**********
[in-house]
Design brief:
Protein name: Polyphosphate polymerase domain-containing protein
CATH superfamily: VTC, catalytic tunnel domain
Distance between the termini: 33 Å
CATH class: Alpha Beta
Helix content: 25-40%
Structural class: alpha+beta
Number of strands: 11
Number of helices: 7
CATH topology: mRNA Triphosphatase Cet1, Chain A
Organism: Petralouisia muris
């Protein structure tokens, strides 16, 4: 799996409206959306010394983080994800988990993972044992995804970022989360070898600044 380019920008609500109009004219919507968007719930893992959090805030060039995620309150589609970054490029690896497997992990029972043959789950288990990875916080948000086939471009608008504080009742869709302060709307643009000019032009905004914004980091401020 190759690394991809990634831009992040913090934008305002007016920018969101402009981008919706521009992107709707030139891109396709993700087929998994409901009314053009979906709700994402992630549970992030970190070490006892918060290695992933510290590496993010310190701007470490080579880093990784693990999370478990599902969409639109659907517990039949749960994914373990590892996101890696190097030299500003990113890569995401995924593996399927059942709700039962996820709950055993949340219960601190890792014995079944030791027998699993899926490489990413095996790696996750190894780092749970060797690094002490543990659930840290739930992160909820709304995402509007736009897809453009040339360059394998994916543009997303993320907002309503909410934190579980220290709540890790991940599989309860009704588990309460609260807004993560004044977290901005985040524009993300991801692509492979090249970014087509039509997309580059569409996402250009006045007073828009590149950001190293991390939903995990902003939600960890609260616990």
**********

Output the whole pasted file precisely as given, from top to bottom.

[in-house]
Design brief:
Protein name: Polyphosphate polymerase domain-containing protein
CATH superfamily: VTC, catalytic tunnel domain
Distance between the termini: 33 Å
CATH class: Alpha Beta
Helix content: 25-40%
Structural class: alpha+beta
Number of strands: 11
Number of helices: 7
CATH topology: mRNA Triphosphatase Cet1, Chain A
Organism: Petralouisia muris
């Protein structure tokens, strides 16, 4: 799996409206959306010394983080994800988990993972044992995804970022989360070898600044 380019920008609500109009004219919507968007719930893992959090805030060039995620309150589609970054490029690896497997992990029972043959789950288990990875916080948000086939471009608008504080009742869709302060709307643009000019032009905004914004980091401020 190759690394991809990634831009992040913090934008305002007016920018969101402009981008919706521009992107709707030139891109396709993700087929998994409901009314053009979906709700994402992630549970992030970190070490006892918060290695992933510290590496993010310190701007470490080579880093990784693990999370478990599902969409639109659907517990039949749960994914373990590892996101890696190097030299500003990113890569995401995924593996399927059942709700039962996820709950055993949340219960601190890792014995079944030791027998699993899926490489990413095996790696996750190894780092749970060797690094002490543990659930840290739930992160909820709304995402509007736009897809453009040339360059394998994916543009997303993320907002309503909410934190579980220290709540890790991940599989309860009704588990309460609260807004993560004044977290901005985040524009993300991801692509492979090249970014087509039509997309580059569409996402250009006045007073828009590149950001190293991390939903995990902003939600960890609260616990």